The North Pole is in trouble

The North Pole is in trouble

People scarcely think about the North Pole until this time of year. Celebrities in California have tried to recreate the North Pole by trucking in snow for holiday parties, but the truth is our planet’s cryosphere (ice) is in trouble.

The loss of planetary ice is vividly displayed in James Balog’s documentary, “Chasing Ice.” Someday, the area known as the North Pole may not even exist, both in terms of magnetic location and landscape.

The magnetic poles on both ends of our planet are created by the molten iron core in the center of the planet and are shifting due to geomagnetic pulses in the core. Earth’s magnetic North Pole has been shifting away from Canada toward Siberia.

Arnaud Chulliat, a geomagnetist at the University of Colorado Boulder and the National Oceanic and Atmospheric Administration’s National Centers for Environmental Information, said the magnetic field is changing rapidly at a rate of about 34 miles a year. This change can cause problems with navigational systems; therefore the systems are calibrated every five years.

While we can’t stop the movement of the magnetic pole locations of the planet, we can do something to mitigate the rapid changes in the landscape.

Each year since 2006 the NOAA has released the Arctic Report Card, which reports on conditions in the Arctic region. The recently released report said the region continues to be “less icy, less reliable and less cold.” Climate change is affecting this area more than any other place on our planet. The 2020 NOAA satellite measurements show summer sea-ice is at the second lowest level in 42 years with 2018 seeing the lowest recorded amount of ice.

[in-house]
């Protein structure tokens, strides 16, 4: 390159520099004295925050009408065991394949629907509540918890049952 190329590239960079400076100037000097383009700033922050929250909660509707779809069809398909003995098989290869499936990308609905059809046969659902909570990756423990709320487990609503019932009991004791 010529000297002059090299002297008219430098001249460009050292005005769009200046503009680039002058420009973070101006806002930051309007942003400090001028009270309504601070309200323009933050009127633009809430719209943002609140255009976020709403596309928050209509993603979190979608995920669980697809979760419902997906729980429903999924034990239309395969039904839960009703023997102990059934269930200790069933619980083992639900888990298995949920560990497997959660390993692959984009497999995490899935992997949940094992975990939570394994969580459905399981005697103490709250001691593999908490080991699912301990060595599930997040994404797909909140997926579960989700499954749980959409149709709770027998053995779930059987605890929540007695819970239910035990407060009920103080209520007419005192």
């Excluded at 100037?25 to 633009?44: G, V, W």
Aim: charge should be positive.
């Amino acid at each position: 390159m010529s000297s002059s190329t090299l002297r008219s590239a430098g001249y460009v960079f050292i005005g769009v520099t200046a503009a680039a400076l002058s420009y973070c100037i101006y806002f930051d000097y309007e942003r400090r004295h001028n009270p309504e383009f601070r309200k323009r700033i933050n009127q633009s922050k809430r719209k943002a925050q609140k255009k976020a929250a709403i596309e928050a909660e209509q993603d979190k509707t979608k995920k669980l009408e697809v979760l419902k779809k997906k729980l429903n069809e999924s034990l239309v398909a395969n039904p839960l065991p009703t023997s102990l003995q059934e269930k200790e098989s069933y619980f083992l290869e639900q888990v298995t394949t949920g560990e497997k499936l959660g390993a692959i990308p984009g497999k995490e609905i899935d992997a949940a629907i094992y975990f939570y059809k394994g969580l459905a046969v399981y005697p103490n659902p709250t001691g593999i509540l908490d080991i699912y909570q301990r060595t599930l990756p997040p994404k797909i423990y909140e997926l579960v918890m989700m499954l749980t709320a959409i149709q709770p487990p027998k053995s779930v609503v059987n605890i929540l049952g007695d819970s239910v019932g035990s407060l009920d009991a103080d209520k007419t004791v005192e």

The Arctic Sea has two different types of ice: summer ice and older multi-layer ice that is longer-lived. Each summer warmer air temperatures melt much of the thinner ice, and in some places open water becomes visible. Some of this thin ice remains through summer and will form thicker ice for the following year.

The older, thicker ice partially melts in summer as well. As winter approaches, two things happen: The open water will refreeze, and the older ice will add new layers. Some scientists predict by mid-century none of the thinner sea-ice in the Arctic Ocean will survive the summer heat.

We know melting ice is bad for polar bears, but it also is dangerous for narwhal whales, which rely on ice to evade their main predators: killer whales. Seals, like the ringed seal, give birth and raise their young on sea ice. Ivory gull populations near Canada have dropped by 90%.

Researchers blame the loss of sea-ice, the place where these sea birds are known to hunt for fish. Walruses depend on clams found in waters just below the sea-ice along the continental shelves. As the ice edge retreats away from the shelves to deeper areas, there will be no clams nearby. Walruses also normally travel long distances on floating ice, allowing them to feed over a wide area.

Dr. Jim Jordan, a professor I had at Antioch University New England, has been studying climate change in Alaska and neighboring islands for more than 20 years. Most recently, he helped author a research paper on the erosion of shorelines due to ice retreat. In one region along the Alaskan coast, the Chukchi Sea, the sea-ice coverage period has declined 10 days per decade between the years of 1979-2016.